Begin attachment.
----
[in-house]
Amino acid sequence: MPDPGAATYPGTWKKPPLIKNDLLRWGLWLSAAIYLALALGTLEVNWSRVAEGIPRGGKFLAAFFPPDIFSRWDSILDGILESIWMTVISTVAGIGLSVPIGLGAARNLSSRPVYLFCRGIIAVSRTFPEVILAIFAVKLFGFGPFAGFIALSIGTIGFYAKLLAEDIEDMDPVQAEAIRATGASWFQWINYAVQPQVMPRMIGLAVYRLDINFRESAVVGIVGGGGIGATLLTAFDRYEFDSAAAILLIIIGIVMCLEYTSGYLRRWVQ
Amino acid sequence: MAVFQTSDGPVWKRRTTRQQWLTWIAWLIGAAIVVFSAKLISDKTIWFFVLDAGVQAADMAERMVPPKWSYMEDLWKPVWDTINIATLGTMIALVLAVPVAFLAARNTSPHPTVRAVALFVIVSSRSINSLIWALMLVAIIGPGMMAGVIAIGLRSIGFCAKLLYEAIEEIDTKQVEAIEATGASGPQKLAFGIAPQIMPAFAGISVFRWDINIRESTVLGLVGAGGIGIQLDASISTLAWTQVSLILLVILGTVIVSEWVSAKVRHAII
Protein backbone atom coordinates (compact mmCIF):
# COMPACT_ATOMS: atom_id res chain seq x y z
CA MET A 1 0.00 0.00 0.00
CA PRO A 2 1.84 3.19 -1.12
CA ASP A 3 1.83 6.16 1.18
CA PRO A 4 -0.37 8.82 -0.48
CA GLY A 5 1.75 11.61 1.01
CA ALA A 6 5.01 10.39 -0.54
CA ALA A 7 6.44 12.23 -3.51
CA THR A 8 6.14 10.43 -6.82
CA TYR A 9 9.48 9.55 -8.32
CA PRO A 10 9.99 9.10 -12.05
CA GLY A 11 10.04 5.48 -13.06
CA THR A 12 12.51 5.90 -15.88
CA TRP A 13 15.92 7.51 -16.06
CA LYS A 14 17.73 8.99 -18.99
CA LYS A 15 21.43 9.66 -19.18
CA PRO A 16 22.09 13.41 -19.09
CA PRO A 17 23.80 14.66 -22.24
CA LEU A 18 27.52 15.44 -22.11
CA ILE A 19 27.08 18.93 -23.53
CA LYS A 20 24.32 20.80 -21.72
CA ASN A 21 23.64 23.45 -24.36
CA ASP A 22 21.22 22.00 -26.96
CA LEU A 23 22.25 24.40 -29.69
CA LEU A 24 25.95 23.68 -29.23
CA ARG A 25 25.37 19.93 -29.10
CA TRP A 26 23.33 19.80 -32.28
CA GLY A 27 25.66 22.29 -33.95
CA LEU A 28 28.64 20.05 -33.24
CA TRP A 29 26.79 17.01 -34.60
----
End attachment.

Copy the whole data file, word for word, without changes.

[in-house]
Amino acid sequence: MPDPGAATYPGTWKKPPLIKNDLLRWGLWLSAAIYLALALGTLEVNWSRVAEGIPRGGKFLAAFFPPDIFSRWDSILDGILESIWMTVISTVAGIGLSVPIGLGAARNLSSRPVYLFCRGIIAVSRTFPEVILAIFAVKLFGFGPFAGFIALSIGTIGFYAKLLAEDIEDMDPVQAEAIRATGASWFQWINYAVQPQVMPRMIGLAVYRLDINFRESAVVGIVGGGGIGATLLTAFDRYEFDSAAAILLIIIGIVMCLEYTSGYLRRWVQ
Amino acid sequence: MAVFQTSDGPVWKRRTTRQQWLTWIAWLIGAAIVVFSAKLISDKTIWFFVLDAGVQAADMAERMVPPKWSYMEDLWKPVWDTINIATLGTMIALVLAVPVAFLAARNTSPHPTVRAVALFVIVSSRSINSLIWALMLVAIIGPGMMAGVIAIGLRSIGFCAKLLYEAIEEIDTKQVEAIEATGASGPQKLAFGIAPQIMPAFAGISVFRWDINIRESTVLGLVGAGGIGIQLDASISTLAWTQVSLILLVILGTVIVSEWVSAKVRHAII
Protein backbone atom coordinates (compact mmCIF):
# COMPACT_ATOMS: atom_id res chain seq x y z
CA MET A 1 0.00 0.00 0.00
CA PRO A 2 1.84 3.19 -1.12
CA ASP A 3 1.83 6.16 1.18
CA PRO A 4 -0.37 8.82 -0.48
CA GLY A 5 1.75 11.61 1.01
CA ALA A 6 5.01 10.39 -0.54
CA ALA A 7 6.44 12.23 -3.51
CA THR A 8 6.14 10.43 -6.82
CA TYR A 9 9.48 9.55 -8.32
CA PRO A 10 9.99 9.10 -12.05
CA GLY A 11 10.04 5.48 -13.06
CA THR A 12 12.51 5.90 -15.88
CA TRP A 13 15.92 7.51 -16.06
CA LYS A 14 17.73 8.99 -18.99
CA LYS A 15 21.43 9.66 -19.18
CA PRO A 16 22.09 13.41 -19.09
CA PRO A 17 23.80 14.66 -22.24
CA LEU A 18 27.52 15.44 -22.11
CA ILE A 19 27.08 18.93 -23.53
CA LYS A 20 24.32 20.80 -21.72
CA ASN A 21 23.64 23.45 -24.36
CA ASP A 22 21.22 22.00 -26.96
CA LEU A 23 22.25 24.40 -29.69
CA LEU A 24 25.95 23.68 -29.23
CA ARG A 25 25.37 19.93 -29.10
CA TRP A 26 23.33 19.80 -32.28
CA GLY A 27 25.66 22.29 -33.95
CA LEU A 28 28.64 20.05 -33.24
CA TRP A 29 26.79 17.01 -34.60